No decision made on 50p booze price

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THERE has been no decision yet on introducing a minimum unit price for alcohol in the island.

Dr Paul Emerson, consultant in public health medicine, insisted: ‘It’s early days. We’re not even sure it’s practical, feasible or even legal.’

Plans to introduce a minimum price for alcohol in England and in Scotland are being challenged in the courts by the drinks industry.

And developments are being closely monitored here.

UK Home Secretary Theresa May unveiled plans to introduce a 45p a unit minimum alcohol price in a bid to cut binge drinking, curb crime and prevent alcohol-related deaths.

Public health officials in the island are proposing a 50p minimum, in line with the limit being suggested in Scotland.

Following the Department of Health’s decision to support a minimum price of alcohol, a working group made up officers from the departments of Health and Home Affairs, the police, Customs and Excise, off-licence industry and the Alcohol Advisory Service, has been set up to consider the proposal.

It will report back to the Drug and Alcohol steering group.

The idea for a minimum unit price of alcohol emerged out of research carried out by Sheffield University using computer modelling.

Its team identified that 50p per unit of alcohol would target irresponsible drinking while have a minimal financial impact on moderate drinkers or trade sales.

Problems of binge drinking in the island have been revealed in recent surveys. The European School Survey Project for Alcohol and other Drugs (ESPAD) found continued unacceptable levels of alcohol abuse among 15- to 16-year-olds and a lifestyle survey of adults found one in 10 drank at hazardous levels.

‘The figures are quite stark - it is a huge problem,’ said Dr Emerson.

Alcohol abuse is linked to crime, homelessness, domestic violence, homelessness, and family breakdown.

The UK government’s former top medical advisor Sir Liam Donaldson in his 2009 annual report recommending action was taken on the price of booze, stated: ‘Cheap alcohol is killing people and it’s undermining our way of life. Price and access are two crucial factors affecting alcohol consumption.

So should the state intervene – and would a minimum price actually work?

Dr Emerson said: ‘The state has a responsibility for public health. It’s not just the person abusing the alcohol who suffers - children suffer in family break-ups and spouses suffer in domestic violence. The state has a duty to protect vulnerable people.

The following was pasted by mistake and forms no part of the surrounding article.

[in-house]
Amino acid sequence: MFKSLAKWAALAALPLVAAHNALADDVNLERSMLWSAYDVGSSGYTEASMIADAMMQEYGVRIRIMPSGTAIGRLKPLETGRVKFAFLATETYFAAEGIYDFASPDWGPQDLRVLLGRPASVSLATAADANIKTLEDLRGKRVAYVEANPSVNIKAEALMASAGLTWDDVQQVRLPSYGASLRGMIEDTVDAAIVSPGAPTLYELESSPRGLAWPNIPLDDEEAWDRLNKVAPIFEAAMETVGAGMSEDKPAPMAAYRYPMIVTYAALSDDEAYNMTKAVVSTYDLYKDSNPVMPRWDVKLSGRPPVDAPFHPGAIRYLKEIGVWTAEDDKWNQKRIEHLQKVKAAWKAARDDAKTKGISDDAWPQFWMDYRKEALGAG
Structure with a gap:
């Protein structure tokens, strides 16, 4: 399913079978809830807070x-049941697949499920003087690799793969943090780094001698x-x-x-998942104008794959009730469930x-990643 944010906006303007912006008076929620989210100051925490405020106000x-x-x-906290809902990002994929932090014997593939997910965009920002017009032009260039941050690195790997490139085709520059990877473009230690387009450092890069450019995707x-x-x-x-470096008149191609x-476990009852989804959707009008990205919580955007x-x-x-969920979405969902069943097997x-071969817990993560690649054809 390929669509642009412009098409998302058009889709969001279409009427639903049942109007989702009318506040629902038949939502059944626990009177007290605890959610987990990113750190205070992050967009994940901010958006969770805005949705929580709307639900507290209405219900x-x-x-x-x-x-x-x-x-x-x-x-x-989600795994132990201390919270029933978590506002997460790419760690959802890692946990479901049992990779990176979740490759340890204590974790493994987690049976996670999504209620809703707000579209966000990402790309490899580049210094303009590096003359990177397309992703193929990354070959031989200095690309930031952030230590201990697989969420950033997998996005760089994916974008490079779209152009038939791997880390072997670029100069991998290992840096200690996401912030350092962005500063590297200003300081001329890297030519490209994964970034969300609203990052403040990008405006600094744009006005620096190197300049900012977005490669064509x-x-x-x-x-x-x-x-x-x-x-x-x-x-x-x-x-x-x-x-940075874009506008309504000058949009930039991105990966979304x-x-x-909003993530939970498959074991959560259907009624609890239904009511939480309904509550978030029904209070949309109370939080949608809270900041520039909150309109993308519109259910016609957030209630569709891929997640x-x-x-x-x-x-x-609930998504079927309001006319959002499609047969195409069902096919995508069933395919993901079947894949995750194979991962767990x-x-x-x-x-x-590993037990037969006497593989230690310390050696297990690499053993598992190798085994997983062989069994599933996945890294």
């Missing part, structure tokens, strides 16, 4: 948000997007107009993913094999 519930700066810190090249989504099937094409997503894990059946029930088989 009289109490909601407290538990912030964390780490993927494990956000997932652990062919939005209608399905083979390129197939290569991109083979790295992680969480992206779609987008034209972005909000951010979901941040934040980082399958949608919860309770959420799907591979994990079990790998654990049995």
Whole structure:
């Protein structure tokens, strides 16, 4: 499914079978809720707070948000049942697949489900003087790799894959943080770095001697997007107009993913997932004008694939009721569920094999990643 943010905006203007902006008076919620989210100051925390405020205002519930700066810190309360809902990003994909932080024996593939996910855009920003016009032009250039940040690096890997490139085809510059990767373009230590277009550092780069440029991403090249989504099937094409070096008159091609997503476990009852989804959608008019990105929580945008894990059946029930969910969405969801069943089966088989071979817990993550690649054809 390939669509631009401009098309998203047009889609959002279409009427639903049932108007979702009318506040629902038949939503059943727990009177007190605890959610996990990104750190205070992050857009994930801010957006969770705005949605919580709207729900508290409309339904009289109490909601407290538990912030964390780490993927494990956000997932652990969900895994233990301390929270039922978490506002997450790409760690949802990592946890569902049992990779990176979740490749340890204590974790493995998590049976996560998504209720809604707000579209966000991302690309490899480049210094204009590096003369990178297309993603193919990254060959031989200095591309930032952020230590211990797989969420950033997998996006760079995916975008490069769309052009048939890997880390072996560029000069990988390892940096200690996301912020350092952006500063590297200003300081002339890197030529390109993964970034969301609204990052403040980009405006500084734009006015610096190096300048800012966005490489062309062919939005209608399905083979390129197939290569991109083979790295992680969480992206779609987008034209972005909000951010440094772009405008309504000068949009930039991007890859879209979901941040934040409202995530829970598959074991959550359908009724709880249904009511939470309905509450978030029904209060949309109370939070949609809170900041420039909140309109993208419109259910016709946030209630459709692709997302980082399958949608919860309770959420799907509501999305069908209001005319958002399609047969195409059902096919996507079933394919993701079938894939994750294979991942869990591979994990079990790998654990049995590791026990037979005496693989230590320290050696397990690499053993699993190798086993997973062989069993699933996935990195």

‘Then there’s the cost to the NHS and the cost of policing.’

He said that the introduction of the ban on smoking in public places showed that intervention can have clear benefits in changing attitudes.

He said the Sheffield study showed that while a 20p or 30p a unit minimum price had a minimal impact, a 45p minimum would reduce overall consumption by 4.7 per cent while a 50p price would cut consumption by 7.2 per cent.

A 50p minimum would mean a 750ml bottle of wine (12 per cent alcohol by volume) could not be sold for less than £4.50.

And a 700ml bottle of whisky (40 per cent alcohol by volume) could not be sold for less than £14.

Critics say the measure will penalise the moderate responsible drinker at a time when people are already facing the squeeze.

But Dr Emerson said the 50p a unit minimum would cost the moderate drinker no more than a £1 or £2 a week extra.

In a statement, the Drugs and Alcohol Steering Group said it was keen to have all the facts relating to the control and price of the sale of alcohol so that any such measures introduced met the needs of the island in reducing alcohol-related harm.

A public consultation exercise will be conducted before the introduction of any measures.

The working group will consider:

•The benefits of the introduction of a minimum price and the impact on those who drink safely

•By what legislative means the minimum price could be introduced

•At what level a minimum price may be introduced

•Should multiple drinks promotions be permitted

•Should the additional income of retailers as result of the minimum price increasing margins be collected and used for alcohol treatment services

•How will internet sales of alcohol (wine by the case) from another jurisdiction without a minimum price be impacted

•Should there be other controls on the sale of liquor from off-licences

•Is it possible to avoid legislation through extension to the voluntary code with off-licences

•Is there an alternative to a minimum price that will not impact on sensible drinkers and target those in greatest danger of harm

•Any other matters that would be helpful to discuss to provide an Isle of Man solution to harmful drinking

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